or single-subject. Some projects involve the whole class, while others are done
in small groups or individually.
Students are usually
assessed in two ways:
1. Individual assessments
for each student. They may include research notes, teaching preparation notes
and teacher observation.
2. Group assessments.
In such type of assessment each group creates and presents their product,
preferably to an audience other than the teacher or their class (7).
Performances can be
carried out in different ways such as sketches, dioramas, parodies, plays,
debates, a student-organized conferences, exhibitions, web sites, forums,
student-produced documentaries, games, presentations to focus audience,
student-produced radio or television programs, fairy-tales, film festivals and
other ways of activities. The student is constantly making choices on how to obtain,
display, or manipulate information. Technology makes it possible for students
to think actively about the choices they make and execute. Every student has
the opportunity to get involved either individually or as a group.
Technology allows them
to search in more useful ways, along with getting more rapid results. When
students use technology as a tool to communicate with others, they take on an
active role vs. a passive role of transmitting the information by a teacher, a
book, or broadcast.
Having worked at KAFU
for 9 years, it can be noted that some students are demotivated in learning
languages due to some reasons, such as poor command of language, gap in
knowledge, lack of communication skills, or other psychological and linguistic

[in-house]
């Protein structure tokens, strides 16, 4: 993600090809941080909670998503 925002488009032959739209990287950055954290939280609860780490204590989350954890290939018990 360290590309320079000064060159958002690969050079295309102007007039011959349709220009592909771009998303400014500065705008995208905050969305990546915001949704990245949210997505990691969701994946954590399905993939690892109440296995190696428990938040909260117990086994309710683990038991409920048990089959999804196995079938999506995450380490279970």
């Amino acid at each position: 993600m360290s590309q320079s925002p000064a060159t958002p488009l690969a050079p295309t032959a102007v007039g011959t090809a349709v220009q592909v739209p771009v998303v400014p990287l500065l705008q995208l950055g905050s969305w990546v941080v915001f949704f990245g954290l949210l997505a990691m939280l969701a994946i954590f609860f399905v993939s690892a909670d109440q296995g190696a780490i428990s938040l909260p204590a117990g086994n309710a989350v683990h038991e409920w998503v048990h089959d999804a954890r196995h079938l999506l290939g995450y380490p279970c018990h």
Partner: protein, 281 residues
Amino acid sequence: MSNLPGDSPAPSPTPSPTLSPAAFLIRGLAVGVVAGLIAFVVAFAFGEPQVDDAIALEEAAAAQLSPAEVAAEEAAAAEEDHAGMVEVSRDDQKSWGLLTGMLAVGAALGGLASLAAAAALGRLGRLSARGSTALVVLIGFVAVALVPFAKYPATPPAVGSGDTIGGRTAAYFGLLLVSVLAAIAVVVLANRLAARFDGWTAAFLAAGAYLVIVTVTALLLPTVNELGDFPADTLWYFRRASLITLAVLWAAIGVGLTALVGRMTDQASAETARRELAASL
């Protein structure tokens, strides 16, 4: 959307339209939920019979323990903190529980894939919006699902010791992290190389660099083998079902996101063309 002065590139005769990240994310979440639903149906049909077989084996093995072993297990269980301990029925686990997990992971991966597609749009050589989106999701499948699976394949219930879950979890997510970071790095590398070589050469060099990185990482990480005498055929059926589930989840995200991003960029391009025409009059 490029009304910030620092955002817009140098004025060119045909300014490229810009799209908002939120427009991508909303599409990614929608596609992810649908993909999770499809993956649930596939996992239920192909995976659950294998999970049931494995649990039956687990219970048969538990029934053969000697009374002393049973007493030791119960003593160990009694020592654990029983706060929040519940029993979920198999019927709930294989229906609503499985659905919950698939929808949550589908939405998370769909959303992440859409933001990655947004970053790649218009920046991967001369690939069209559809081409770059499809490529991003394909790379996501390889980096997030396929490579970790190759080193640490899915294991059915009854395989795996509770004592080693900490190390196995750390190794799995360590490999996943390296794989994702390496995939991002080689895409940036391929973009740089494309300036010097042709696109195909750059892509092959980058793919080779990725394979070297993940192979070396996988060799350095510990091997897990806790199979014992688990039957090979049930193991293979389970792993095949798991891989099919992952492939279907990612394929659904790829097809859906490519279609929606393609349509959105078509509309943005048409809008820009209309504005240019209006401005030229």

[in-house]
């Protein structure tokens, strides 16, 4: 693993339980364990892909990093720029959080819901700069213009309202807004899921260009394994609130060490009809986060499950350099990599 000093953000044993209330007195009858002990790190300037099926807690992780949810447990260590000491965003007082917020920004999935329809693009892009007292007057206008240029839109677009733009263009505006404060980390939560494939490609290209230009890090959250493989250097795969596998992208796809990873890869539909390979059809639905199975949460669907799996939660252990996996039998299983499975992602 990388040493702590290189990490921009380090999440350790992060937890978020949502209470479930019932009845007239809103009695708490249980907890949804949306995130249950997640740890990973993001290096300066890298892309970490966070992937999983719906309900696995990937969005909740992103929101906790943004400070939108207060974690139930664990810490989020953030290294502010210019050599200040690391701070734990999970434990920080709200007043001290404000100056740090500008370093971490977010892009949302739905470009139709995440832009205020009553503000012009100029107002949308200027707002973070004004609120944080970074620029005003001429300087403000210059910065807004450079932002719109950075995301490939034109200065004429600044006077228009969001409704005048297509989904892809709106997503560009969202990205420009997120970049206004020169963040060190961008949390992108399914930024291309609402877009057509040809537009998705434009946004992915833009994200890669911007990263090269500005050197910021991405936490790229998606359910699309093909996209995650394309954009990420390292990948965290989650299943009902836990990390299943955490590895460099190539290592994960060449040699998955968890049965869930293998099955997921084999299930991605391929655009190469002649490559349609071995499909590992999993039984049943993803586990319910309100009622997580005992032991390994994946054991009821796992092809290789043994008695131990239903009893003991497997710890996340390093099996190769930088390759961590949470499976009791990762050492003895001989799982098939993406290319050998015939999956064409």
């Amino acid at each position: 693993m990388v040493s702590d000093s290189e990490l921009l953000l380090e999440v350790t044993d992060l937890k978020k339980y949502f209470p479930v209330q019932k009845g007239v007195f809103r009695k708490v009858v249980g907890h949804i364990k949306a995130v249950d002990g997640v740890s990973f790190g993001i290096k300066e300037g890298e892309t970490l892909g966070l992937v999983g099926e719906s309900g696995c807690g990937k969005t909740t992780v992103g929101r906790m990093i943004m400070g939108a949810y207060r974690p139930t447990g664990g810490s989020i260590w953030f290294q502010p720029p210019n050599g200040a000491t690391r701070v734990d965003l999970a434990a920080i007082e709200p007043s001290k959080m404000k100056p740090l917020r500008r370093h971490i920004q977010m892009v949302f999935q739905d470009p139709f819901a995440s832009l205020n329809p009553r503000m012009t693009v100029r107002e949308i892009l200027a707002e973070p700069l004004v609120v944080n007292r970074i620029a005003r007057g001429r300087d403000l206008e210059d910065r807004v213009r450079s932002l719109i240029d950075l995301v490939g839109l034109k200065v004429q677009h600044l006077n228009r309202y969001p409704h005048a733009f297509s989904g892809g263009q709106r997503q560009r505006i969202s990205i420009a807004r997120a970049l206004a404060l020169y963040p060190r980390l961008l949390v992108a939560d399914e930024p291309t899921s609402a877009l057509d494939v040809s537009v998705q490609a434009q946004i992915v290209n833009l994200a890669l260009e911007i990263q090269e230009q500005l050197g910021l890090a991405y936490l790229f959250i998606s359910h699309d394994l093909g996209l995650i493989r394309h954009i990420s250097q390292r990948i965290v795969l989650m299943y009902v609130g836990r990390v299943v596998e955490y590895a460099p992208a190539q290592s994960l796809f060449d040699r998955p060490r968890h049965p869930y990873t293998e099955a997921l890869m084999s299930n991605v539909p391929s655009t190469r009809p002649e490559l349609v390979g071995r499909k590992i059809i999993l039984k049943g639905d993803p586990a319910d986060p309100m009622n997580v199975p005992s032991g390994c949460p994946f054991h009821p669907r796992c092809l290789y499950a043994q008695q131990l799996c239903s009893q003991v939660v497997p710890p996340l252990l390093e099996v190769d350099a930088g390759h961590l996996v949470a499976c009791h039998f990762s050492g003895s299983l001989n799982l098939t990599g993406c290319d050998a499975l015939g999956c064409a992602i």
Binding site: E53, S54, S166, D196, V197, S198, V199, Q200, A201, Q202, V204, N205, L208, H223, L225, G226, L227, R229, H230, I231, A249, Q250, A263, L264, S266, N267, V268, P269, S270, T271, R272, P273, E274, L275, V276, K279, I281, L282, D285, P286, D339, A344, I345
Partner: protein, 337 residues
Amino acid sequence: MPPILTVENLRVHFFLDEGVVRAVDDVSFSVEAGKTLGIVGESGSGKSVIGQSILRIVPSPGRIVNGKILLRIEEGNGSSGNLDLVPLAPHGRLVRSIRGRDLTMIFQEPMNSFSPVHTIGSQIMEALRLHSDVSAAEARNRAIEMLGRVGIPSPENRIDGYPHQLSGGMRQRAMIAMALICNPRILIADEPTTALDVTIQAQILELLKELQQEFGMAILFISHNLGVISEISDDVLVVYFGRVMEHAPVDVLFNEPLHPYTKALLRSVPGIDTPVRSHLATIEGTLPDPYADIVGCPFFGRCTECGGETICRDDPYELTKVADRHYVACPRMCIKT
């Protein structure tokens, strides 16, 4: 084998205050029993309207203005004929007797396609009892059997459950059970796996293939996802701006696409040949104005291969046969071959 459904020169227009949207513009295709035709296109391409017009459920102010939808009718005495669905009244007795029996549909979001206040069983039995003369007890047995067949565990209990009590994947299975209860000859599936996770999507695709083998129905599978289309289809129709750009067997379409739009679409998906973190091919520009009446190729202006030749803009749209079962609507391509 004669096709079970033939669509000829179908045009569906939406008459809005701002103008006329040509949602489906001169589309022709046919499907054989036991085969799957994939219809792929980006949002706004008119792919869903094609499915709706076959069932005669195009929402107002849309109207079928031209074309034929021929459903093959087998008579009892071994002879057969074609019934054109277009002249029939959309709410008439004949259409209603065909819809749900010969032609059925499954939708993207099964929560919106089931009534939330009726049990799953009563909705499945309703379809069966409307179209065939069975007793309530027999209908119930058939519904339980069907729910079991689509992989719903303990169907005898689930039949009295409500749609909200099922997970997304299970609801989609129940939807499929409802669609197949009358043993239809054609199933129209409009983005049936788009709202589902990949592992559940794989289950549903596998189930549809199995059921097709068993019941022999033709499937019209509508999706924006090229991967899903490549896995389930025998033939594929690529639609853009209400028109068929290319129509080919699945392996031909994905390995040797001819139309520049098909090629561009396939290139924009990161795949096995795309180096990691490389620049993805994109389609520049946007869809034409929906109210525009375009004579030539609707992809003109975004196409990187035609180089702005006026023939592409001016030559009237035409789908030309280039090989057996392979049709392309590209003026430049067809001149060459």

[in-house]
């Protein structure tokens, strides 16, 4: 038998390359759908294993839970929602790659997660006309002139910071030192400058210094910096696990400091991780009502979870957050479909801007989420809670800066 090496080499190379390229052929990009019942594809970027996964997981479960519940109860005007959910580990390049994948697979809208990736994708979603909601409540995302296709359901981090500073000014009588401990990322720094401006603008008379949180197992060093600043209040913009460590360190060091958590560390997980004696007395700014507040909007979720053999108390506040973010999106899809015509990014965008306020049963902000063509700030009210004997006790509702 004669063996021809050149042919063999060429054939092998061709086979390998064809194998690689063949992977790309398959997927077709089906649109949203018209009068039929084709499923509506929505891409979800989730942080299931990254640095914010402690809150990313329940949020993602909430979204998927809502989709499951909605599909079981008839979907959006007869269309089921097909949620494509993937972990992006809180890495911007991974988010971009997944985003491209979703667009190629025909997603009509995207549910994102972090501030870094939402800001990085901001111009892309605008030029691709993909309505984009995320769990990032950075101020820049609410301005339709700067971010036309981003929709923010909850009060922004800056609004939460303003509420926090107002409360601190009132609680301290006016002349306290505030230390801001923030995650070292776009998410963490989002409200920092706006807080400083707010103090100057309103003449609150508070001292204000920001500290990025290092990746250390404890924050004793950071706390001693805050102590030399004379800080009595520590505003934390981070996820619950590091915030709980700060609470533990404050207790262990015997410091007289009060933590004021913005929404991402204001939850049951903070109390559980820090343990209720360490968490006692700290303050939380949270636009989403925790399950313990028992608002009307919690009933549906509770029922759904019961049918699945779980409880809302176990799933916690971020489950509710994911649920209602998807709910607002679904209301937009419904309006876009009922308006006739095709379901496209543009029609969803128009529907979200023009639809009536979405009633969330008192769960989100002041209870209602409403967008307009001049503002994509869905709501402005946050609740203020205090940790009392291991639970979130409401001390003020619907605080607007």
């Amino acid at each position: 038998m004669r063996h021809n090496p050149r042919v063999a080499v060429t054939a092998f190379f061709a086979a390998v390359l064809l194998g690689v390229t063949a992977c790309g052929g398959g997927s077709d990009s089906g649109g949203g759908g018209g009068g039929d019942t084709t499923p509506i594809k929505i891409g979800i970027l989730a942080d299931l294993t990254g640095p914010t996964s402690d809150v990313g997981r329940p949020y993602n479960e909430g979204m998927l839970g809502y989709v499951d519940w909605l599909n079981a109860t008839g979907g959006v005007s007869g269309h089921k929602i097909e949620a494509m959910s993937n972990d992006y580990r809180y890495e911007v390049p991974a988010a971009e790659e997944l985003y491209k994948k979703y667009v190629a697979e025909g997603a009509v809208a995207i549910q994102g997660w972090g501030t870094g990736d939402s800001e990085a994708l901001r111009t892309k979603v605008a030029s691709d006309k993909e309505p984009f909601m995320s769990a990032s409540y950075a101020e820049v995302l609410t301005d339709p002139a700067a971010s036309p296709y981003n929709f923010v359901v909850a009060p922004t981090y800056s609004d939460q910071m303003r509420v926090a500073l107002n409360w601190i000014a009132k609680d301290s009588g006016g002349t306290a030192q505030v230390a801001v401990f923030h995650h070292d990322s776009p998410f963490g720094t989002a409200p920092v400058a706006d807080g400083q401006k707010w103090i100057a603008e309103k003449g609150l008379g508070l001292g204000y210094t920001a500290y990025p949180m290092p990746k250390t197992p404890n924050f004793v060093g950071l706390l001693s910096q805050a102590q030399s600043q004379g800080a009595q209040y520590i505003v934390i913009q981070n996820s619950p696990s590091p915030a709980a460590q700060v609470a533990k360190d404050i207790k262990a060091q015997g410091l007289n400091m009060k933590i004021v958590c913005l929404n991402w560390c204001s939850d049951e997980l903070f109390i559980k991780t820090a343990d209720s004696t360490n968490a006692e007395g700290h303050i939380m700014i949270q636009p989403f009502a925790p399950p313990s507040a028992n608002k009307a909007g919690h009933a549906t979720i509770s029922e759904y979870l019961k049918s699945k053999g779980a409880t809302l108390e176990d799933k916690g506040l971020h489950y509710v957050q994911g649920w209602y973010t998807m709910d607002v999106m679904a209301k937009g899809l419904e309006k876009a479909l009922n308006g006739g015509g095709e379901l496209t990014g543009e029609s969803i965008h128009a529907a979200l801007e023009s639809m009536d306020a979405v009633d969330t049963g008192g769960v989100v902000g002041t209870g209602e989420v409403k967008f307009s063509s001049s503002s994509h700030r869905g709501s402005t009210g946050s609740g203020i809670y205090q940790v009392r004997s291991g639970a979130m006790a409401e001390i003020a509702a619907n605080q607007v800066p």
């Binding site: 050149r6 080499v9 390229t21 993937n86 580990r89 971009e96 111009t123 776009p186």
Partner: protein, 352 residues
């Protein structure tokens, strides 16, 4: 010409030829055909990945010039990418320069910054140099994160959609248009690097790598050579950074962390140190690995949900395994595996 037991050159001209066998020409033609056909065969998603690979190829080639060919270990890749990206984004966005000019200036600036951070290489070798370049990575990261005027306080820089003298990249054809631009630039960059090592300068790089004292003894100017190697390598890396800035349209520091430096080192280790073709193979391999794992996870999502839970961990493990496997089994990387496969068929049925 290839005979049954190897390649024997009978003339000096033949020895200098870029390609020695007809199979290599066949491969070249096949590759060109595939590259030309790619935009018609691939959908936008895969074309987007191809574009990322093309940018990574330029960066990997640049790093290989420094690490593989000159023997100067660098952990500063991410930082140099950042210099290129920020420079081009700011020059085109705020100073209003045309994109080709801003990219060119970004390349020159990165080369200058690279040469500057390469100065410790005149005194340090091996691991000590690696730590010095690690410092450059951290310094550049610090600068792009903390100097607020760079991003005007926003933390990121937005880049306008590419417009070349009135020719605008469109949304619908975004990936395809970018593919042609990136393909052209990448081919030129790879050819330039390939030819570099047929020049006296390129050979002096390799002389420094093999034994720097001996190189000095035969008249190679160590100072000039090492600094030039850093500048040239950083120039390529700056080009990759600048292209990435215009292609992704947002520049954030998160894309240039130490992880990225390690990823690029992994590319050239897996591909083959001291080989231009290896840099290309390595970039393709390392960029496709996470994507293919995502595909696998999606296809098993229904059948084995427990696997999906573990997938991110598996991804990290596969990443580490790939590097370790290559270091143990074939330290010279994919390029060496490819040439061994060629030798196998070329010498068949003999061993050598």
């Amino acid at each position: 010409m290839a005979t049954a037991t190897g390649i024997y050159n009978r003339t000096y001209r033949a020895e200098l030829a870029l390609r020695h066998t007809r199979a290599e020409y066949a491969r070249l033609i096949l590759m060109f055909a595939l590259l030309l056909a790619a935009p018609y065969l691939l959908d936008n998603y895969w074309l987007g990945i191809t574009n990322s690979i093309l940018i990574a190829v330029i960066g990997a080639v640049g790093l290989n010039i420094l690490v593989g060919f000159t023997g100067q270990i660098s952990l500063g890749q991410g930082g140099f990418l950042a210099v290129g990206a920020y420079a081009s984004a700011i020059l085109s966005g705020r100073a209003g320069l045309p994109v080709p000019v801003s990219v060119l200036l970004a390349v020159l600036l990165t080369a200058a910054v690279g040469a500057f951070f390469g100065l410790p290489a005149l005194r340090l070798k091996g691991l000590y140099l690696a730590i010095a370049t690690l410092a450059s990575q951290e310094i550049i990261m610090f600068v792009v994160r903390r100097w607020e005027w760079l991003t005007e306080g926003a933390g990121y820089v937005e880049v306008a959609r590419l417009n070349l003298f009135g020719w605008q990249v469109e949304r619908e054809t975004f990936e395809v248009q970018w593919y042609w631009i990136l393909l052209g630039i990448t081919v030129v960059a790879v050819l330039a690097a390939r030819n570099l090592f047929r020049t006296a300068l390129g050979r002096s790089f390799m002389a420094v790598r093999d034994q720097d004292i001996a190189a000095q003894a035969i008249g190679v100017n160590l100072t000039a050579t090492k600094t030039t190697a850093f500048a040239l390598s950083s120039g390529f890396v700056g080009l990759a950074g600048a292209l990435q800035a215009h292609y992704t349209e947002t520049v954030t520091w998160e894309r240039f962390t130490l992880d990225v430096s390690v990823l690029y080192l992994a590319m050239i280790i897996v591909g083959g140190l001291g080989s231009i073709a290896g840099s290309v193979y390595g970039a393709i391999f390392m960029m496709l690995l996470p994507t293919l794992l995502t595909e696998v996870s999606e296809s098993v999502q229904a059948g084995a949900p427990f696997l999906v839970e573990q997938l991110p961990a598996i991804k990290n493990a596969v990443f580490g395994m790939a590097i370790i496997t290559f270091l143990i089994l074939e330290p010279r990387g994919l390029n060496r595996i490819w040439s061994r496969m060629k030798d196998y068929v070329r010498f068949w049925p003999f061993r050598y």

factors. Moreover, they find it difficult to work autonomously on the task. To
solve this problem, a special incentive for learning is required. I’ve tried to
use project work and come to conclusion that it can create conditions for independent
and creative work, in which the students are able to express their ideas in
ingenious ways to cope with the task. Learners decide by themselves the content
of their project, and the way it will be presented.
I can give different
examples of the way project work was used in the classroom. Once the students
were given a project “Cultural peculiarities of American and Kazakhstani
people”. To accomplish the task, each group chose a topic (e.g. family
traditions, national holidays, idioms and colloquialisms, cultural values, national
houses, etc.), and was holding a correspondence with native speakers to inquire
about the topic of their choice. Then after two weeks of communication, they
gathered enough information for their project, made analysis of the given
information and came up with great contrastive analysis which was presented to
other groups. Moreover, the students often create presentations on various
topics, produce brochures (travel brochure, a cookery book, book leaflets for
fair, etc.), and perform plays and dramas. When designing their projects, they
take into account the intended audience, decide on an appropriate length of
presentation, review for comparable ideas, and try to meet the requirements for
the projects. Student groups determine their projects by themselves. They take
full responsibility for their individual work and also count on other learners’
voices, and encourage them to accomplish specific goals.
It should be noted that